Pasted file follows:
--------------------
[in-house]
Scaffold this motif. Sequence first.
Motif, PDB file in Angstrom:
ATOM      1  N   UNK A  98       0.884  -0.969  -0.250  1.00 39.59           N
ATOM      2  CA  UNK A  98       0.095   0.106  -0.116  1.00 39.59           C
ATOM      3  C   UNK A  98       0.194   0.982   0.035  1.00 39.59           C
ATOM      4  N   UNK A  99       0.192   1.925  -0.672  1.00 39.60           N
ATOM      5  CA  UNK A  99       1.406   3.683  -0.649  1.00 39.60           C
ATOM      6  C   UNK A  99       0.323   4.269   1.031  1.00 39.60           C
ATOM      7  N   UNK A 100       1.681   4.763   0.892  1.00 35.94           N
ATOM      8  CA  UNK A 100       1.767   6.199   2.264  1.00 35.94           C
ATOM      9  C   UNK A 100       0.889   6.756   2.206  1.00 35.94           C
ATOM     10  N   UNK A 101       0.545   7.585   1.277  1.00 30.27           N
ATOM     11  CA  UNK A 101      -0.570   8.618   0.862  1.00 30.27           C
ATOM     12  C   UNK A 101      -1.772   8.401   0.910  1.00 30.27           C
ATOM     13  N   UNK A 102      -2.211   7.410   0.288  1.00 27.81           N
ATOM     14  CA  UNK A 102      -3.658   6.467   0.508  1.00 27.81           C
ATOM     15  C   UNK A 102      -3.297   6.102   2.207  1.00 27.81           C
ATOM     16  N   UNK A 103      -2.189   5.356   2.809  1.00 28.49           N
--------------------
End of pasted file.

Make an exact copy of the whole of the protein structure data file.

[in-house]
Scaffold this motif. Sequence first.
Motif, PDB file in Angstrom:
ATOM      1  N   UNK A  98       0.884  -0.969  -0.250  1.00 39.59           N
ATOM      2  CA  UNK A  98       0.095   0.106  -0.116  1.00 39.59           C
ATOM      3  C   UNK A  98       0.194   0.982   0.035  1.00 39.59           C
ATOM      4  N   UNK A  99       0.192   1.925  -0.672  1.00 39.60           N
ATOM      5  CA  UNK A  99       1.406   3.683  -0.649  1.00 39.60           C
ATOM      6  C   UNK A  99       0.323   4.269   1.031  1.00 39.60           C
ATOM      7  N   UNK A 100       1.681   4.763   0.892  1.00 35.94           N
ATOM      8  CA  UNK A 100       1.767   6.199   2.264  1.00 35.94           C
ATOM      9  C   UNK A 100       0.889   6.756   2.206  1.00 35.94           C
ATOM     10  N   UNK A 101       0.545   7.585   1.277  1.00 30.27           N
ATOM     11  CA  UNK A 101      -0.570   8.618   0.862  1.00 30.27           C
ATOM     12  C   UNK A 101      -1.772   8.401   0.910  1.00 30.27           C
ATOM     13  N   UNK A 102      -2.211   7.410   0.288  1.00 27.81           N
ATOM     14  CA  UNK A 102      -3.658   6.467   0.508  1.00 27.81           C
ATOM     15  C   UNK A 102      -3.297   6.102   2.207  1.00 27.81           C
ATOM     16  N   UNK A 103      -2.189   5.356   2.809  1.00 28.49           N